Friday, September 17, 2010

A Lesson In Prototyping from Okhla Industrial Estate

This was 1991. I was a product designer fresh out of college with two international student design awards and a heady feeling about my career. I went to work for the federal government in New Delhi, India. My workplace was a very special multimedia lab, where I was given all the budget in the world to do what ever I wanted.

One of our projects was to design a device that can play analog video over digital screens. I was the industrial designer and was entrusted with product design. We were only making a few pieces. So we decided to build the case in Aluminium rather than spend money on expensive plastic moulding.

So after weeks of sketching and discussion with my colleagues, I took elaborate blueprints to Okhla Industrial area, where I had identified a mold maker. He was a modest man, with probably a few years of schooling. Since I had taken 6 months of engineering drawing lessons in school, and was very confident about my drawing skills, I took 30 minutes to explain all the details of my blueprint to him.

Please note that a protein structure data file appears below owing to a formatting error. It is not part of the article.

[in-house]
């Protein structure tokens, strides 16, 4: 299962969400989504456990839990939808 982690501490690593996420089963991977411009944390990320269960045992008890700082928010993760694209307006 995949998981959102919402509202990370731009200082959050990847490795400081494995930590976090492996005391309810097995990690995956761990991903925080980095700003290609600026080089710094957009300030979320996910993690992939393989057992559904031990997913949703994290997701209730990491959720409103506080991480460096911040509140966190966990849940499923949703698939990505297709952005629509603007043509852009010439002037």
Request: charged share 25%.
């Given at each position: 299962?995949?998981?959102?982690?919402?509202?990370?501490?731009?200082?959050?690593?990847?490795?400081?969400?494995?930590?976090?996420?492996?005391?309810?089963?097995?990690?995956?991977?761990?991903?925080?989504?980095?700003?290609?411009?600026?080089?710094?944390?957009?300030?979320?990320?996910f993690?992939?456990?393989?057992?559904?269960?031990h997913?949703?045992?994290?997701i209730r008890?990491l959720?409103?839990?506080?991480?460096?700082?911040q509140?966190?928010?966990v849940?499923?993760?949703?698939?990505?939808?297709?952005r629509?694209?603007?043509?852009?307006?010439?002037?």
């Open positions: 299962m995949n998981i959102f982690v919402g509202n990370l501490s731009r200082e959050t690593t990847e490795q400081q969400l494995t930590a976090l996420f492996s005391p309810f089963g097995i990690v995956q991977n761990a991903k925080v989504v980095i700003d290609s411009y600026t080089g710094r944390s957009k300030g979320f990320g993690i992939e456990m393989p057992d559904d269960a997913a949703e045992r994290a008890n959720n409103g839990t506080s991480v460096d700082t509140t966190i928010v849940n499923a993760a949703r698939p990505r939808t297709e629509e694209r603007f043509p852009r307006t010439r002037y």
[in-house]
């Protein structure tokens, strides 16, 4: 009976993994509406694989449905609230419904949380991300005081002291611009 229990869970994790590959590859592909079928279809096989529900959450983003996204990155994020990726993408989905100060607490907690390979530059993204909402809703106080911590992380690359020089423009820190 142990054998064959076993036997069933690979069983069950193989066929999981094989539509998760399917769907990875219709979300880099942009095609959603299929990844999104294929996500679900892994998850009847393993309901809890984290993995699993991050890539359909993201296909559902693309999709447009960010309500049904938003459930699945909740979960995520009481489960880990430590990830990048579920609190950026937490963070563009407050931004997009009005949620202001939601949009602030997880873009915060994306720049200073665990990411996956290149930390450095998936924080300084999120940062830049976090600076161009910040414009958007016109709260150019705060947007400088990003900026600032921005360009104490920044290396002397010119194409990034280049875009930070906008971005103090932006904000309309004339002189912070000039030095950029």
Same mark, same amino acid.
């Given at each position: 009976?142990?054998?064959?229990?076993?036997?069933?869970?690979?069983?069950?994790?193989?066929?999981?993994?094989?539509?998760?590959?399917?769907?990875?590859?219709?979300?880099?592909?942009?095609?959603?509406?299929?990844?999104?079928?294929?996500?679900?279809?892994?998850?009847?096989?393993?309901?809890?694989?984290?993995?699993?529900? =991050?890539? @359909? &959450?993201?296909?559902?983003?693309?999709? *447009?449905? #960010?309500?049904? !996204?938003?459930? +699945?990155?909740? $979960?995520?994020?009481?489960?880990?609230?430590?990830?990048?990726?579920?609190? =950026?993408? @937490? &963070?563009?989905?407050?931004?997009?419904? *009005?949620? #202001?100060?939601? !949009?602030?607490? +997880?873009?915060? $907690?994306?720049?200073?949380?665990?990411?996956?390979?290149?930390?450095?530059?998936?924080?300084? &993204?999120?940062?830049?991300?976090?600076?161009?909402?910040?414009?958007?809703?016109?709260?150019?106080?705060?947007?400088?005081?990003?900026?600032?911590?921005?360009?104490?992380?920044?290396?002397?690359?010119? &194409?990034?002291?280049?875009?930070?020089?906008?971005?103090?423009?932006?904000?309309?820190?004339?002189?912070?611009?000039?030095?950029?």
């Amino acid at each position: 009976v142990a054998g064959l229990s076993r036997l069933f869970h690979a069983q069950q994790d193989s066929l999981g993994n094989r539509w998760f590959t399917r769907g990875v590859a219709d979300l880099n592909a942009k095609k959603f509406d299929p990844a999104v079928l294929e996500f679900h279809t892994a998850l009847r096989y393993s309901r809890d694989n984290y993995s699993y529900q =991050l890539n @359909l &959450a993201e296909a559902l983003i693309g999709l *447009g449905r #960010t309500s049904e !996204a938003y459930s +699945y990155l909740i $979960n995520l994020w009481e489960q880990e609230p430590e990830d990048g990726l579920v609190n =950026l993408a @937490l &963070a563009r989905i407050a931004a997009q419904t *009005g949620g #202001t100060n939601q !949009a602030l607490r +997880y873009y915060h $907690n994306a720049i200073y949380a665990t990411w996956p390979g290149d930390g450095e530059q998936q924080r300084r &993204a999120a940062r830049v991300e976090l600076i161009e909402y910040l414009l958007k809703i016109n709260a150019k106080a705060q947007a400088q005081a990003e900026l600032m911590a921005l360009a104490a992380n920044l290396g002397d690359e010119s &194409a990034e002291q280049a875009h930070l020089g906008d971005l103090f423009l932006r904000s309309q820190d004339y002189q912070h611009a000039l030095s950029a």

After listening to me patiently for 30 minutes, he said that he did not understand what I was talking about. My four years of engineering education and 2 years of graduate design school education did nothing to help the situation.

Watching my frustration, he sat me down and told me that the best way to convey a design is to make a model. I told him that I don't have a workshop to build him a model. He asked me to go to a stationary shop nearby and get some thermocole and a few razor blades. I followed his advice and built him a model in a hour. I identified several errors in my blueprint while building the model.

When I showed him the model, he nodded his head and told me that I will have my castings the next day.

If this experience sounds a lot like your two hundred page design specification that your engineering team did not "get", you may want to try to convey your design using a prototype rather than argue with them about how "they don't get it".

Who knows? May be you will realize your design spec is not perfect after all.

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